Monday, 12 September 2011

Maria Manning - The Killer of Black Satin

After having a total panic when I realised I have 3 commission dolls to finish by the end of October, and then another pair before Christmas, going on a shopping mission to gather all the fabric I need together, and planning out my activities so strictly I could tell you what I'm doing on the Monday in three weeks time, part of my brain decided that I had time to fit in one more doll before I had to start them.
I must be nuts!

To make things just a little more difficult for myself, the only doll I wanted to make right now was the scandalous Victorian Murderer Maria Manning.

Maria and her husband were convicted and hung in  1849 for the murder of Patrick O'Connor - Maria's Lover!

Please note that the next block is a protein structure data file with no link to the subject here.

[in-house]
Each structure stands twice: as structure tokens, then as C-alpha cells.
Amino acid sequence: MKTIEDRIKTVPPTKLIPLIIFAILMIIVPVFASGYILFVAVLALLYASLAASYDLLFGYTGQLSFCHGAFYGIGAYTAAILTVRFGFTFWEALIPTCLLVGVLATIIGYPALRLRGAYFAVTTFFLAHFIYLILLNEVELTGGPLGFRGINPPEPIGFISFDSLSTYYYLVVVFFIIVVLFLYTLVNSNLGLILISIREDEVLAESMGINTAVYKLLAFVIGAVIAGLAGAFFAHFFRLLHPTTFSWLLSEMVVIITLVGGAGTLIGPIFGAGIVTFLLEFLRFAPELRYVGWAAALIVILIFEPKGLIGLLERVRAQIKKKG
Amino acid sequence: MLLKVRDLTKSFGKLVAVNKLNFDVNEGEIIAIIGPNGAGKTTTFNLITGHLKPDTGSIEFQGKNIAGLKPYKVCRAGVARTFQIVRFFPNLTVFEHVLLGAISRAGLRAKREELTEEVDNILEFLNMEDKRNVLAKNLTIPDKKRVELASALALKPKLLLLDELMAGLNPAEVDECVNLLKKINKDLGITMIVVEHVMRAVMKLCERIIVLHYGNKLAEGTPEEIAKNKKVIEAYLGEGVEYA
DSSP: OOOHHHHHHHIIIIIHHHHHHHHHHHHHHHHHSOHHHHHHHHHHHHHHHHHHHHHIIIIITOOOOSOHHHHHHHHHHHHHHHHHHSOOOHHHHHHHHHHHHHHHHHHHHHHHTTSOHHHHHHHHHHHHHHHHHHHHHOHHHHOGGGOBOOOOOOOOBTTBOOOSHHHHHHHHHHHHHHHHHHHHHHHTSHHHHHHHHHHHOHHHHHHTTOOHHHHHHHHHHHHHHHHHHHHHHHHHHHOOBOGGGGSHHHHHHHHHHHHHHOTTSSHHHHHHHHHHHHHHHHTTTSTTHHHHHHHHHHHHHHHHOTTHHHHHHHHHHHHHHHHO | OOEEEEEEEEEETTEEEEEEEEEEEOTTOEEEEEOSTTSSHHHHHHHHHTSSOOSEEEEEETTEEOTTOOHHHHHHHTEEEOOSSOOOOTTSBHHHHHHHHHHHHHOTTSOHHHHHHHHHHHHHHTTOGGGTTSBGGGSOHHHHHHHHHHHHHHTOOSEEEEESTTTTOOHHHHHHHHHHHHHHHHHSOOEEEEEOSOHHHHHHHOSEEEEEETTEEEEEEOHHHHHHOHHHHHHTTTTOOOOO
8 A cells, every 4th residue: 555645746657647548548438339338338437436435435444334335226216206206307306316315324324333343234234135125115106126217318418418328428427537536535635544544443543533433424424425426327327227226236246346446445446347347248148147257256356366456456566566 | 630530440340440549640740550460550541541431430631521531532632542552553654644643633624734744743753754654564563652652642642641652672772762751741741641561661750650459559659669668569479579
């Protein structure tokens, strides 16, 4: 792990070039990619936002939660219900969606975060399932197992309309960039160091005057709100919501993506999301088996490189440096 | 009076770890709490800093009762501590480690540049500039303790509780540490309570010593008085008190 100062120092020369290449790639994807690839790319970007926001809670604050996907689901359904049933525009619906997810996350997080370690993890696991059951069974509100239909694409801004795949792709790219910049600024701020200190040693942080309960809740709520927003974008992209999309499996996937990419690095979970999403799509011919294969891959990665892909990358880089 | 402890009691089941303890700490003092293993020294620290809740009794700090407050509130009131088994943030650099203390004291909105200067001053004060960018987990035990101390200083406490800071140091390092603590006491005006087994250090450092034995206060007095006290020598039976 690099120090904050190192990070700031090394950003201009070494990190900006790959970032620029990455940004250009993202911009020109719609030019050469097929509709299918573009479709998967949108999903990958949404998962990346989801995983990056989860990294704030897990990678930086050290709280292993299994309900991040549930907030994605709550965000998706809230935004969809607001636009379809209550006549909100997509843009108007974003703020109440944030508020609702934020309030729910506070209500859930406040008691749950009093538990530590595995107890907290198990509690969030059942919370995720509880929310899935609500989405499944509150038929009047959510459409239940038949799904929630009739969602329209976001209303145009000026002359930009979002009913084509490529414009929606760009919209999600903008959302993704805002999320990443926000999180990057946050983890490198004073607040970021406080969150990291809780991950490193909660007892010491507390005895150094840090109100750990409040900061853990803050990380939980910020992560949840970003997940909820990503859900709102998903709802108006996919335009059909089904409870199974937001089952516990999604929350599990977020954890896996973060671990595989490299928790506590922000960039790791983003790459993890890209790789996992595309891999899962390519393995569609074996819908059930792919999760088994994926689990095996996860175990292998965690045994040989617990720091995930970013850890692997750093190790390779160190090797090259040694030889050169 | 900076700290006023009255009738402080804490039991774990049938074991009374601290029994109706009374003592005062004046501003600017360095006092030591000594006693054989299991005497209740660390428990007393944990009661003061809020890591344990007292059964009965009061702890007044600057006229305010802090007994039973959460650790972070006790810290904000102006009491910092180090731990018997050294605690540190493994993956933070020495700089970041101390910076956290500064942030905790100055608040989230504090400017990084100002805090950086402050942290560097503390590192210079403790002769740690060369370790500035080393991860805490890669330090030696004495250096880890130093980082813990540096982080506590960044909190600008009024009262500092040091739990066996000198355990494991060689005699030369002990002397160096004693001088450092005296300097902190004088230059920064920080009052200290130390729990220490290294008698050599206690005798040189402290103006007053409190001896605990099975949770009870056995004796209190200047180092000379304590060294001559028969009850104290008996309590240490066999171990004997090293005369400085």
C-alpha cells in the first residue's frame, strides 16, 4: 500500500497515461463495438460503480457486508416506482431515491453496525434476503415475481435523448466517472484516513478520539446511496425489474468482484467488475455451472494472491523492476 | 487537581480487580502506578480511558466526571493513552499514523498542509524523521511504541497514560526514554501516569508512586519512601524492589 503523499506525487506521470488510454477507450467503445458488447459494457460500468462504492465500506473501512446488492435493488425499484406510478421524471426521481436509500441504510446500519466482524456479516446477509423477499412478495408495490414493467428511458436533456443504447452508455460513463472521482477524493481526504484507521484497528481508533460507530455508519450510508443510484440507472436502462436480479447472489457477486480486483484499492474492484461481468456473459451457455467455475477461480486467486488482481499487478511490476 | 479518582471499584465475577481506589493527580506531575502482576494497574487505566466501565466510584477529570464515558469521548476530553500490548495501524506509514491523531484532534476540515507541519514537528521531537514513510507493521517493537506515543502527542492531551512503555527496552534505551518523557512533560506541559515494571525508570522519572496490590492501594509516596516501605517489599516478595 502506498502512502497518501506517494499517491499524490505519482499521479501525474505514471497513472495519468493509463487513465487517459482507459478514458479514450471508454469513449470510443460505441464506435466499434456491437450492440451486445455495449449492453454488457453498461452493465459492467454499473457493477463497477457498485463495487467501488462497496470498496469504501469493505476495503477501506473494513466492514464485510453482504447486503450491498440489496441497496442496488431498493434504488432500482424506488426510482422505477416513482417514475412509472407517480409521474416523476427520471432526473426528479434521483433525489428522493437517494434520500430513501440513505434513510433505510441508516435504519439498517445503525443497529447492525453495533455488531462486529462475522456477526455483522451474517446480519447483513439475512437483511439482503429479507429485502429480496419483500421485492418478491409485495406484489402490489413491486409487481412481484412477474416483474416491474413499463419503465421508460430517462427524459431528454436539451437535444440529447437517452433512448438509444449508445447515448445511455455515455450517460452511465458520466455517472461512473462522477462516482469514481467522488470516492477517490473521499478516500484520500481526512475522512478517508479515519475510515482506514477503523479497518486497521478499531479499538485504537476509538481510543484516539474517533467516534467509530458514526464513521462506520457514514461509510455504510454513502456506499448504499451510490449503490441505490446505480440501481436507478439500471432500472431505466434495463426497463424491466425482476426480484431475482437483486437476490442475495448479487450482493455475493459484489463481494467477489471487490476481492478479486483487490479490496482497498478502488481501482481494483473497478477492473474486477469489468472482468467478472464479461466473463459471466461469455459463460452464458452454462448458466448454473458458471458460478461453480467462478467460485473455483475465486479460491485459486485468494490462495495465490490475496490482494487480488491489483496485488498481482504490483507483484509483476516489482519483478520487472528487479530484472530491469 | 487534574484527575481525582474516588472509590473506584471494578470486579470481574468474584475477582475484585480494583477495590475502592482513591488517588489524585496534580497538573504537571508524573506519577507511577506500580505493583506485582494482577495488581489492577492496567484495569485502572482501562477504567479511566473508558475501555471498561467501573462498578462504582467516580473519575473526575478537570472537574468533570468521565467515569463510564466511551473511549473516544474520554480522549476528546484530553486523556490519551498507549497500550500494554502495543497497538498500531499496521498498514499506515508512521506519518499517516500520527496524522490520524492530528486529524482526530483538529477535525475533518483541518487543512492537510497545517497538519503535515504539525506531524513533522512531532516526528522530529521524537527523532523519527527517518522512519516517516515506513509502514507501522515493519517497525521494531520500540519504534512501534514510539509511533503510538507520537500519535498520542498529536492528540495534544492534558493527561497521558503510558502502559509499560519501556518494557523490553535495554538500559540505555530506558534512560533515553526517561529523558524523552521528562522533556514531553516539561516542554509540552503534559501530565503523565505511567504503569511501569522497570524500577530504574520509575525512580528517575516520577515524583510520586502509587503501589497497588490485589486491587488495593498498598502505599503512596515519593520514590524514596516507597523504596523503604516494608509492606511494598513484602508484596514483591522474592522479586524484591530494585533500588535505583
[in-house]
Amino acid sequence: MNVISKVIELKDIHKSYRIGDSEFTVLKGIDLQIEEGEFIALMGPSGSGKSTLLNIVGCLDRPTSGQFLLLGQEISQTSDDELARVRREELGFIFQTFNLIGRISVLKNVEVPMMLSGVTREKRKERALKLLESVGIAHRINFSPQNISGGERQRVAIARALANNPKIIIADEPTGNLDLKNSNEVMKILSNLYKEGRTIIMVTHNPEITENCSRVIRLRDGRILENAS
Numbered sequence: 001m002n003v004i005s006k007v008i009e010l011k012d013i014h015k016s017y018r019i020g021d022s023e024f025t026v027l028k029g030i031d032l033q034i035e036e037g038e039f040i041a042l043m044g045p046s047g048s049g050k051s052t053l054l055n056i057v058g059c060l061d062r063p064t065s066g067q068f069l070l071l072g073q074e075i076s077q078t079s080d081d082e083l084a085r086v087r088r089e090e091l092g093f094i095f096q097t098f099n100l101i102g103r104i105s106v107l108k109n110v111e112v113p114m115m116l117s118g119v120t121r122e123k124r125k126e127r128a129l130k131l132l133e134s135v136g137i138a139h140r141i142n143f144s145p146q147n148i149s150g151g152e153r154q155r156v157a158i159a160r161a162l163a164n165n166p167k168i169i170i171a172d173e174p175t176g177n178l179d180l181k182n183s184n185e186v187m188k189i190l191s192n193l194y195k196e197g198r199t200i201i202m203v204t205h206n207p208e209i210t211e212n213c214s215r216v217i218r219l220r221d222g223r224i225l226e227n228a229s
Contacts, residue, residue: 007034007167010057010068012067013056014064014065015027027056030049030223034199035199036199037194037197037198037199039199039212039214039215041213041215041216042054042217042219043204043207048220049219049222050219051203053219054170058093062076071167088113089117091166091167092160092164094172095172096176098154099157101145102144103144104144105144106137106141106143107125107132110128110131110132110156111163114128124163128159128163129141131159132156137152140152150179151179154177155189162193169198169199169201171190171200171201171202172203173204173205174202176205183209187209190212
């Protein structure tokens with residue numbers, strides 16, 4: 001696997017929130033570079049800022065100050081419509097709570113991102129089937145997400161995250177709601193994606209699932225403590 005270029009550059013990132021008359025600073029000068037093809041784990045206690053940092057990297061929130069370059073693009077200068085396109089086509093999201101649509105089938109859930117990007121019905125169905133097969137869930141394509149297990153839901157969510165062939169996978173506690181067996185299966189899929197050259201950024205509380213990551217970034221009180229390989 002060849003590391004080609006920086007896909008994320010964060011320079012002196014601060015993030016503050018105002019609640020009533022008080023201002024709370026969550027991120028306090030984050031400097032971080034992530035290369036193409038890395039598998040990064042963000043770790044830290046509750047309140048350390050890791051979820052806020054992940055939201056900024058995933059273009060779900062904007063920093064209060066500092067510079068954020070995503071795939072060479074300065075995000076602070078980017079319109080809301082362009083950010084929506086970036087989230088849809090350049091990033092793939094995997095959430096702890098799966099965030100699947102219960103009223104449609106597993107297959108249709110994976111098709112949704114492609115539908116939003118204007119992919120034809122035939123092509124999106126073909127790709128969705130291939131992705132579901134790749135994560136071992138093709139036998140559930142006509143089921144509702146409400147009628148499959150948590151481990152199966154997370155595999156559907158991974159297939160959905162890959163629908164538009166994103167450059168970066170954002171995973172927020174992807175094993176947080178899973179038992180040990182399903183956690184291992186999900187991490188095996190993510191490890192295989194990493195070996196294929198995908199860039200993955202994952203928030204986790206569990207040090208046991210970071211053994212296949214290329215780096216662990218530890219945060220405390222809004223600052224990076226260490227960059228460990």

Maria was a Lady's Maid working for a great English lady. And she'd acquired a taste for the richer things in life during her career.
She had been in a relationship with both O'Connor and Manning when both proposed to her. She had to choose between the already rich customs officer and loan shark O'Connor, and the poor Manning who had told her he would soon be coming into a large inheritance. She chose the later, and soon found that the inheritance would never come, and she was stuck living a poor life without any of the extravagances she wanted.

She began her affair with O'Connor shortly after; some say with her husbands knowledge. He was a frequent visitor to their home, and one night when invited to dinner, Maria shot him in the back of the head, Manning battered him around the skull to make sure he was dead, and the couple buried him in a pre-prepared grave beneath the kitchen flagstones, covering the body with quicklime.